view be confidential under state law and, therefore, exempt from the Open Meetings Law.

In terms of background, it has long been held that a municipal board may establish a privileged relationship with its attorney [People ex rel. Updyke v. Gilon, 9 NYS 243 1889); Pennock v. Lane, 231 NYS 2d 897, 898 (1962)]. However, such a relationship is in my opinion operable only when a municipal board or official seeks the legal advice of an attorney acting in his or her capacity as an attorney, and where there is no waiver of the privilege by the client.

In a judicial determination that described the parameters of the attorney-client relationship and the conditions precedent to its initiation, it was held that:

"In general, 'the privilege applies only if (1) the asserted holder of the privilege is or sought to become a client; (2) the person to whom the communication was made (a) is a member of the bar of a court, or his subordinate and (b) in connection with this communication relates to a fact of which the attorney was informed (a) by his client (b) without the presence of strangers (c) for the purpose of securing primarily either (i) an opinion on law or (ii) legal services (iii) assistance in some legal proceedings, and not (d) for the purpose of committing a crime or tort; and (4) the privilege has been (a) claimed and (b) not waived by the client'" [People v. Belge, 59 AD 2d 307, 399, NYS 2d 539, 540 (1977)].

Insofar as the Board seeks legal advice from its attorney and the attorney renders legal
advice, I believe that the attorney-client privilege may validly be asserted and that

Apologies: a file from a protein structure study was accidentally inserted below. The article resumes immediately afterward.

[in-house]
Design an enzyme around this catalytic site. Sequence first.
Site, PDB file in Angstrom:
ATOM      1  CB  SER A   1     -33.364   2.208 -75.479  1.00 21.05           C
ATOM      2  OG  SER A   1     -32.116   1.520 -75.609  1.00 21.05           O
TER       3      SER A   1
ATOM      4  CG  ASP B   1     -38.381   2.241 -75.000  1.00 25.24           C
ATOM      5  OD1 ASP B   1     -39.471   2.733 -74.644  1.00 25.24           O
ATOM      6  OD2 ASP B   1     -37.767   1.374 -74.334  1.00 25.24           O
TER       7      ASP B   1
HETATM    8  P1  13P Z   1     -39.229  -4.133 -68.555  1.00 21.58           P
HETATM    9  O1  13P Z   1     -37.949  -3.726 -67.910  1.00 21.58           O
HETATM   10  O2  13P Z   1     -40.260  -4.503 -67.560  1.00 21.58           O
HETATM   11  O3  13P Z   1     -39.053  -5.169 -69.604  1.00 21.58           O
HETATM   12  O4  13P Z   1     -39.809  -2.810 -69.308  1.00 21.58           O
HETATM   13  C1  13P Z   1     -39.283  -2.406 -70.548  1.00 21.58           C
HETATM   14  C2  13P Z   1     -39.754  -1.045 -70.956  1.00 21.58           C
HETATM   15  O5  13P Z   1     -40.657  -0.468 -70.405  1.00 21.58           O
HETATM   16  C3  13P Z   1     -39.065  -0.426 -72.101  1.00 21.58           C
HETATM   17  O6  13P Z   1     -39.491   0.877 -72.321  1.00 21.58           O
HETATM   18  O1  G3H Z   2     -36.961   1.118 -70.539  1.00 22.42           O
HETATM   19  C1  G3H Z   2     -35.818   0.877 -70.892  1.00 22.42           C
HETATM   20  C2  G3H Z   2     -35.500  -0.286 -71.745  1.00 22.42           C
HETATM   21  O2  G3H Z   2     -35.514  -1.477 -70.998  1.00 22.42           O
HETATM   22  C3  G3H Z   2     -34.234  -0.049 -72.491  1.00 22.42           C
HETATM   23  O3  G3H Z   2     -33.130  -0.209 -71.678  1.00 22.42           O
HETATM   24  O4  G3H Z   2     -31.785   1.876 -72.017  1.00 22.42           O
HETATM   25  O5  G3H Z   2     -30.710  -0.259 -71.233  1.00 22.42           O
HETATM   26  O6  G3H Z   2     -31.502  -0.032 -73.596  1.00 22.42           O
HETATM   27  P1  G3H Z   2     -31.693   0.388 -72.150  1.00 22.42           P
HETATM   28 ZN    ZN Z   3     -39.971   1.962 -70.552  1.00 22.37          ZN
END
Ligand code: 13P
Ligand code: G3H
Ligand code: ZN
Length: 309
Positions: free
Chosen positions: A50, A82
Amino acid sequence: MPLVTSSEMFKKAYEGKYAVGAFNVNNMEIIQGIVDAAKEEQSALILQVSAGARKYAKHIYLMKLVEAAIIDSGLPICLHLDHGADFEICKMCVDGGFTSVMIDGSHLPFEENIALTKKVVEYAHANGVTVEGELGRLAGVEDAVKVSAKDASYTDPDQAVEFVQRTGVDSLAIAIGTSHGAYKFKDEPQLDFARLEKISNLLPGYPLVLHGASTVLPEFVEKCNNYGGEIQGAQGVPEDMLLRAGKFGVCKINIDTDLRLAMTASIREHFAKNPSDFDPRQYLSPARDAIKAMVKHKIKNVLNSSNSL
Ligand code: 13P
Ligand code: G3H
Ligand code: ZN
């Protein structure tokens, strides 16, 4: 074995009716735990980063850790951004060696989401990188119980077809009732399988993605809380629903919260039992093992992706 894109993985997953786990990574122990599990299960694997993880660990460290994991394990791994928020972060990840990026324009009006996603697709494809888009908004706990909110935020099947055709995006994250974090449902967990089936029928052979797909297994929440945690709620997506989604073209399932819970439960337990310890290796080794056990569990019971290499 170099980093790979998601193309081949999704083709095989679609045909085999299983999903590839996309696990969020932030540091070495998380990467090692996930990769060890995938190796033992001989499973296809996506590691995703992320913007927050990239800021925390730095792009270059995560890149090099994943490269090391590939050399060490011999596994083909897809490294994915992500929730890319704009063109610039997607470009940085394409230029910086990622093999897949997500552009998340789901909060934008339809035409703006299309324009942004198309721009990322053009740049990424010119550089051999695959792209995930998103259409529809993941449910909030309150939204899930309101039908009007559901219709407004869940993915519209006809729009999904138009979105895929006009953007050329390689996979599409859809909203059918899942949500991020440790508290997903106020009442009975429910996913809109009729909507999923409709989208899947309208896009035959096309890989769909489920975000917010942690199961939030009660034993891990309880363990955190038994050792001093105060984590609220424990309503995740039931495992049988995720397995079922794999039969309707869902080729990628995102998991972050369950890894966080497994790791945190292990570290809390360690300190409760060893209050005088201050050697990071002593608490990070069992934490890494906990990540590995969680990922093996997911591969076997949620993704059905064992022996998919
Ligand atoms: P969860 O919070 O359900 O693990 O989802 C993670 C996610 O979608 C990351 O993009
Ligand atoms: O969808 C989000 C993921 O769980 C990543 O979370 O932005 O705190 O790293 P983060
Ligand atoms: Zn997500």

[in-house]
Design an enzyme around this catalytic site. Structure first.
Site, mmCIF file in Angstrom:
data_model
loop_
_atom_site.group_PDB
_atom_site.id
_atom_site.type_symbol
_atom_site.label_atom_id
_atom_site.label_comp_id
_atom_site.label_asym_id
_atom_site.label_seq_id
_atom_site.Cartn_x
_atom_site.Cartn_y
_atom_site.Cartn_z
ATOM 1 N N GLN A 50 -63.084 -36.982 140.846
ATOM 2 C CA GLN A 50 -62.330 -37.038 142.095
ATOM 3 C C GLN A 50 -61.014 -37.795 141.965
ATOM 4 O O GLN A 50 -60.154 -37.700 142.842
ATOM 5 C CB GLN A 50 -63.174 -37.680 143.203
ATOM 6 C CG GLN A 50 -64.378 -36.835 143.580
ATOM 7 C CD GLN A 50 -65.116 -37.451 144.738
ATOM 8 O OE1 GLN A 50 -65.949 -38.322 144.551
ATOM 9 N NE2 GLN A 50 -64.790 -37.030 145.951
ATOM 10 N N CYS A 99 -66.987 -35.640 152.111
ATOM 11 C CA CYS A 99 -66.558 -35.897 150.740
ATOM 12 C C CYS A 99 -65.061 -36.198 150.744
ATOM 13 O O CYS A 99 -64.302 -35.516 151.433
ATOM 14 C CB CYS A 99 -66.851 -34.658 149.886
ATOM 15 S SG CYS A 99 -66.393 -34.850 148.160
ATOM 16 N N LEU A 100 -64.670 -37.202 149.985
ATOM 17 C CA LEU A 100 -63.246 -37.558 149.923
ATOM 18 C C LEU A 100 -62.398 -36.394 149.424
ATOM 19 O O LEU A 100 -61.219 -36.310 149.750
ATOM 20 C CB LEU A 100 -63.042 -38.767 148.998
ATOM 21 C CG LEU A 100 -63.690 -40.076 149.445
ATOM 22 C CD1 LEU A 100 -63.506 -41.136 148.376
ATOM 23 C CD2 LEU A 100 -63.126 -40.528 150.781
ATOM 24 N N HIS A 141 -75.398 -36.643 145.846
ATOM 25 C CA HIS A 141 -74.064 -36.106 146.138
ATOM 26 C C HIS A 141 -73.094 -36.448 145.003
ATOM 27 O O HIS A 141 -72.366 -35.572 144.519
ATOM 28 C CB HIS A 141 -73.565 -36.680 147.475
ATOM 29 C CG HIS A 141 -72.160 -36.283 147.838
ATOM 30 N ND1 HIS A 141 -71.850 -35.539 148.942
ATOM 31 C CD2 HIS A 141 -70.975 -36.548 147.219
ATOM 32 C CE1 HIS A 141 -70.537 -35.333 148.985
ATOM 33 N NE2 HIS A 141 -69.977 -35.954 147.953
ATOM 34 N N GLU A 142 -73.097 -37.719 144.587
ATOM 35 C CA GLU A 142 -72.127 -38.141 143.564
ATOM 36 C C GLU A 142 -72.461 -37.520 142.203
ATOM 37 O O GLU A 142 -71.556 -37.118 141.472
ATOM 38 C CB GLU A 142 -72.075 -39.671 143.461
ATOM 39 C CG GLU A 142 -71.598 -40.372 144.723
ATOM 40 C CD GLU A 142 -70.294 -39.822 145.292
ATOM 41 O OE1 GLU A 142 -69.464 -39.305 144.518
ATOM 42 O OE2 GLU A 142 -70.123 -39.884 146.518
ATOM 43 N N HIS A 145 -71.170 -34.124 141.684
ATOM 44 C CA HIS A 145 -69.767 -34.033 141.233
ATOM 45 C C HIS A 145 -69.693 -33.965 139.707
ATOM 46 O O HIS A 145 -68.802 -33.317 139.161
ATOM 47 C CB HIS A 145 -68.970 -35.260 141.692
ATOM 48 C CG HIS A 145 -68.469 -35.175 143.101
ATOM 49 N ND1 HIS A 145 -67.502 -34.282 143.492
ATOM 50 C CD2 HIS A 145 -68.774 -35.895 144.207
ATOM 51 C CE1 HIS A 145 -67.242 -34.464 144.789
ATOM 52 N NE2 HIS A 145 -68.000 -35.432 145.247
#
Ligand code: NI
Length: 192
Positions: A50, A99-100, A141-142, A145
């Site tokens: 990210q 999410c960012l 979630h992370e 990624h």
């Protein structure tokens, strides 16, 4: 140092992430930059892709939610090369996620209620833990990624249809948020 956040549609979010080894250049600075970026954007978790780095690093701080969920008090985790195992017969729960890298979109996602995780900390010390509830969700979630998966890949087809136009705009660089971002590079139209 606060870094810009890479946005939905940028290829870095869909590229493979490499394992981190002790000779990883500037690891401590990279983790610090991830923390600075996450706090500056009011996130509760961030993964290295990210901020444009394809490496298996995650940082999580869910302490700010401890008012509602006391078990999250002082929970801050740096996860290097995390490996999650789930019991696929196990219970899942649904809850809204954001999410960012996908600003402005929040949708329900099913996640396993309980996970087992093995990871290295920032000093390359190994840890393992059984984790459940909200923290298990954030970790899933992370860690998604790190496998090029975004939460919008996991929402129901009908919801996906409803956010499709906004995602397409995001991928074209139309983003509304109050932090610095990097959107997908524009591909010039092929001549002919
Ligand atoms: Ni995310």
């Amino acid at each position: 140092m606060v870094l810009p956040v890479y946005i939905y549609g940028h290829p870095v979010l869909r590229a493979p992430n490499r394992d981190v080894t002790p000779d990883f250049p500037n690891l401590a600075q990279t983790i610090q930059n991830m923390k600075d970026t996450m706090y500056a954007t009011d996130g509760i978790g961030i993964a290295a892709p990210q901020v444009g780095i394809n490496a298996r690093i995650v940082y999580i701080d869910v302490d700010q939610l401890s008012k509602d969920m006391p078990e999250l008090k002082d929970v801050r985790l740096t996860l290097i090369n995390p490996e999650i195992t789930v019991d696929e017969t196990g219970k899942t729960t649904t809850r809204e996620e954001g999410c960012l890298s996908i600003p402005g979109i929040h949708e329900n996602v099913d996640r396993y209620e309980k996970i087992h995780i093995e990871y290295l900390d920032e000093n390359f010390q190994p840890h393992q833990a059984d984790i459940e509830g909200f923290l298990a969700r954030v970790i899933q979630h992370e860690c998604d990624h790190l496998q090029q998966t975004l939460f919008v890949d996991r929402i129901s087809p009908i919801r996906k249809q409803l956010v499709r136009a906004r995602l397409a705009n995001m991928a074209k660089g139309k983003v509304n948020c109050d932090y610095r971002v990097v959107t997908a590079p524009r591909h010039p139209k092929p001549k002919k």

communications made within the scope of the privilege would be outside the coverage of the Open Meetings Law. Therefore, even though there may be no basis for conducting an
executive session pursuant to §105 of the Open Meetings Law, a private discussion might
validly be held based on the proper assertion of the attorney-client privilege pursuant to §108.

For example, legal advice may be requested even though litigation or possible litigation is not an issue. In that case, while the litigation exception for entry into executive session would not apply, there may be a proper assertion of the attorney-client privilege.

I note that the mere presence of an attorney does not signify the existence of an
attorney-client relationship; in order to assert the attorney-client privilege, the attorney must
in my view be providing services in which the expertise of an attorney is needed and sought.
Further, often at some point in a discussion, the attorney has stopped giving legal advice and a public body may begin discussing or deliberating independent of the attorney. When that point is reached, I believe that the attorney-client privilege has ended and that the body should return to an open meeting.

Lastly, although it is not my intent to be overly technical, as suggested earlier, the
procedural methods of entering into an executive session and asserting the attorney-client
privilege differ. In the case of the former, the Open Meetings Law applies and requires that
a motion to enter into executive session, citing the reason, must be made and carried in public. In the case of the latter, when a matter is exempted from the Open Meetings Law, the procedural steps associated with conducting executive sessions do not apply. It is suggested that when a meeting is closed due to the exemption under consideration, a public body should inform the public that it is seeking the legal advice of its attorney, which is a matter made confidential by law, rather than referring to an executive session.

I hope that I have been of assistance.



Robert J. Freeman
Executive Director